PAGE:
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Making Money The Royal Mint has announced the introduction of a new £1 coin for 2017. It will be based on an old threepenny bit – a 12-sided coin in circulation.

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Presentation on theme: "Making Money The Royal Mint has announced the introduction of a new £1 coin for 2017. It will be based on an old threepenny bit – a 12-sided coin in circulation."— Presentation transcript:

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2 Making Money The Royal Mint has announced the introduction of a new £1 coin for It will be based on an old threepenny bit – a 12-sided coin in circulation from 1937 to 1971.

3 Making Money Many coins are made by cutting out blank shapes from a long strip of metal and then stamping the appropriate design on them. In the UK we currently have circular coins, coins which are heptagonal (50p and 20p) and in 2017 we will be getting a coin which is a dodecagon. Which of these shapes do you think are most cost effective to make?

4 Making Money If circular coins are cut from a strip of metal: How much is wasted? How can wastage be minimised? What information do you need to know?

5 Making Money 5p coins have a diameter of 18.0mm If there are no gaps between coins or between coins and the edge of the strip, how much metal is wasted producing the coins?

6 Making Money: Hint Work out the wastage for 1 circle enclosed by a square.

7 Making Money If coins were arranged on very large sheets (partially shown) how much wastage would there be?

8 Making Money: Hint Determine what type of triangle this is and then find its area.

9 Making Money: Hint How many of the white pieces are there for each circle?

10 Making Money: Exploring Further If heptagons or dodecagons are cut from a strip of metal, how should they be arranged to minimise wastage?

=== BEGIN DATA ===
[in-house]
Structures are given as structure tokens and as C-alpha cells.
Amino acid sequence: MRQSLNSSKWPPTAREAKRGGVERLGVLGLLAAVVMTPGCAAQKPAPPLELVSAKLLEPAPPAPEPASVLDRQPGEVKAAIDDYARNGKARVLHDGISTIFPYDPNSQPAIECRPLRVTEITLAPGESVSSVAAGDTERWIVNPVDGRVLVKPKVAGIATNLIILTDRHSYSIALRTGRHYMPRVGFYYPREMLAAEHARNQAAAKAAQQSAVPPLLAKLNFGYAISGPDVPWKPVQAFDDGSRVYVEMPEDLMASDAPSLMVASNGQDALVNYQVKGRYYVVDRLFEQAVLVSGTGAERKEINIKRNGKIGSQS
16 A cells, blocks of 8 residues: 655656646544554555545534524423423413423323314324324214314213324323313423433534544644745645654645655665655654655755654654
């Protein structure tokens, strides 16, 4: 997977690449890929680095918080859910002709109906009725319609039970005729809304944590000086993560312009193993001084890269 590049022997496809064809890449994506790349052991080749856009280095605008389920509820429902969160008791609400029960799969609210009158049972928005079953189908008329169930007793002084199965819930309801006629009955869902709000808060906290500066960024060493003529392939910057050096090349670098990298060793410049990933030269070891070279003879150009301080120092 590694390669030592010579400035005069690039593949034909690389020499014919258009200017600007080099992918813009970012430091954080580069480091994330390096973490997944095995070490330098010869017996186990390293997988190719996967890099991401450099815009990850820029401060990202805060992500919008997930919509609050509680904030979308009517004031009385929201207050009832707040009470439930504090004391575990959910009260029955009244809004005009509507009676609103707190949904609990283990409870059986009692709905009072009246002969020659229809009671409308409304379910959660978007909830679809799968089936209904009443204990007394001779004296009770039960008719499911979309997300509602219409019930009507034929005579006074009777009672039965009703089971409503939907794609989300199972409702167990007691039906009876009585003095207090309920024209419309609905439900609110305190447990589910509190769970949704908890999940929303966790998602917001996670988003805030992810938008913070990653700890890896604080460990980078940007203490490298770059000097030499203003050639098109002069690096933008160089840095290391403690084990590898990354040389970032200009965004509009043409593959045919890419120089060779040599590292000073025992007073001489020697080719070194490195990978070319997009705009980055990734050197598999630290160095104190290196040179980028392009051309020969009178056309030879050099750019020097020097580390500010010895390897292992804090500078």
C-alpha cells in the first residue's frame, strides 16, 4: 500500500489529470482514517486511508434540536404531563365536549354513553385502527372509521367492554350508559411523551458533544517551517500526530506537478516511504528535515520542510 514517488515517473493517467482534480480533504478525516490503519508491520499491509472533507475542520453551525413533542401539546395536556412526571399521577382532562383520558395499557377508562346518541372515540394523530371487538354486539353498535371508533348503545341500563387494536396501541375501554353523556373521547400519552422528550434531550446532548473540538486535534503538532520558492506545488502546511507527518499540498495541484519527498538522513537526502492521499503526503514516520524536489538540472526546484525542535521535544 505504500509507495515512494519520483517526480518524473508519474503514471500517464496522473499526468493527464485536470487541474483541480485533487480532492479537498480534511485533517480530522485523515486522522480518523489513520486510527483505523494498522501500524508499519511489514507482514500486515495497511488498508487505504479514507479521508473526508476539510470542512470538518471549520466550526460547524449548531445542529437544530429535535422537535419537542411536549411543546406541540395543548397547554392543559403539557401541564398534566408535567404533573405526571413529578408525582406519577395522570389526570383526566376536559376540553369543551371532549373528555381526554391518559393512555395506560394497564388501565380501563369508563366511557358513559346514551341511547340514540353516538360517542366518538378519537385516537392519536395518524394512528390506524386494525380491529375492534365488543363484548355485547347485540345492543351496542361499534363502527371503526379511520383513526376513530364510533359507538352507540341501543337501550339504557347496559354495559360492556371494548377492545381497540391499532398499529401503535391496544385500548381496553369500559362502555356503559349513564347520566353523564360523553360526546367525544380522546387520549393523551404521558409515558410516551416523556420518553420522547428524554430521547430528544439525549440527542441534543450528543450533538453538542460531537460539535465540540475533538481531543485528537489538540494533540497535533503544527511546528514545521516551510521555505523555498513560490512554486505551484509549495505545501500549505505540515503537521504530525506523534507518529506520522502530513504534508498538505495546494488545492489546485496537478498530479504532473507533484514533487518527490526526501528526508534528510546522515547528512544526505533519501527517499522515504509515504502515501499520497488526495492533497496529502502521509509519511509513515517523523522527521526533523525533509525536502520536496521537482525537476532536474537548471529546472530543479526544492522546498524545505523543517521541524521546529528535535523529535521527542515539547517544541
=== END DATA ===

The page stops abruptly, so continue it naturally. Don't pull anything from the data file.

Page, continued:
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12 Teacher notes: Making Money This activity involves problem solving, finding areas of plane shapes and using Pythagoras theorem or trigonometry. The activity could also be approached in practical ways which do not require the use of trigonometry or Pythagoras theorem.

13 Teacher notes: Making Money Slide 4 Information that might be needed: How long the strip of metal is How big the coin is How close the coins can be to each other as they are cut out of the strip If the coins can be cut out right to the edges of the strip

14 Teacher notes: Making Money Slides 5 & 6 Area of a circle within a square Area of square = 18 x 18 = 324 mm 2 Area of circle = π x 9 2 = 254.5mm 2 Wastage = x 100 = 21.5% This is replicated along the strip of metal. 324 –

15 Teacher notes: Making Money Slides 7, 8 & 9 Each side of the triangle is formed from 2 radii, therefore it is equilateral. Height of the triangle (using Pythagoras theorem) h = ( ) h = 243 h = 15.59mm Area of triangle = ½ x 18 x = mm 2

16 Teacher notes: Making Money Slides 7, 8 & 9 Each side of the triangle is formed from 2 radii, therefore it is equilateral. Each of the segments is 1 / 6 of a circle White piece = area of triangle – area of half a circle Area of white piece = – = 13.08mm 2

17 Teacher notes: Making Money Slides 7,8 & 9 Area of two white pieces = x 2 = 26.16mm 2 Wastage = 100 x (area of two white pieces ) ÷ (area of two white pieces + area of a circle) Wastage = Wastage = 9.31% However this is for an infinite sheet, in reality there would be additional wastage at the edges. The bigger the sheet, the less the relative wastage. 100 x

18 Teacher notes: Making Money Slide 10 Pupils could explore fitting coins on strips of paper, deciding whether rotating coins or having them all the same orientation will fit onto a shorter strip. They could do this with real coins (or cut-outs!) or by using a dynamic geometry package.

19 Acknowledgements accessed 31/3/14 accessed 31/3/14 accessed 31/3/14 what-they-are-made-of.htmlhttp://www.telegraph.co.uk/finance/currency/ /How-the-UKs-coins-are-made-and- what-they-are-made-of.html accessed 31/3/14


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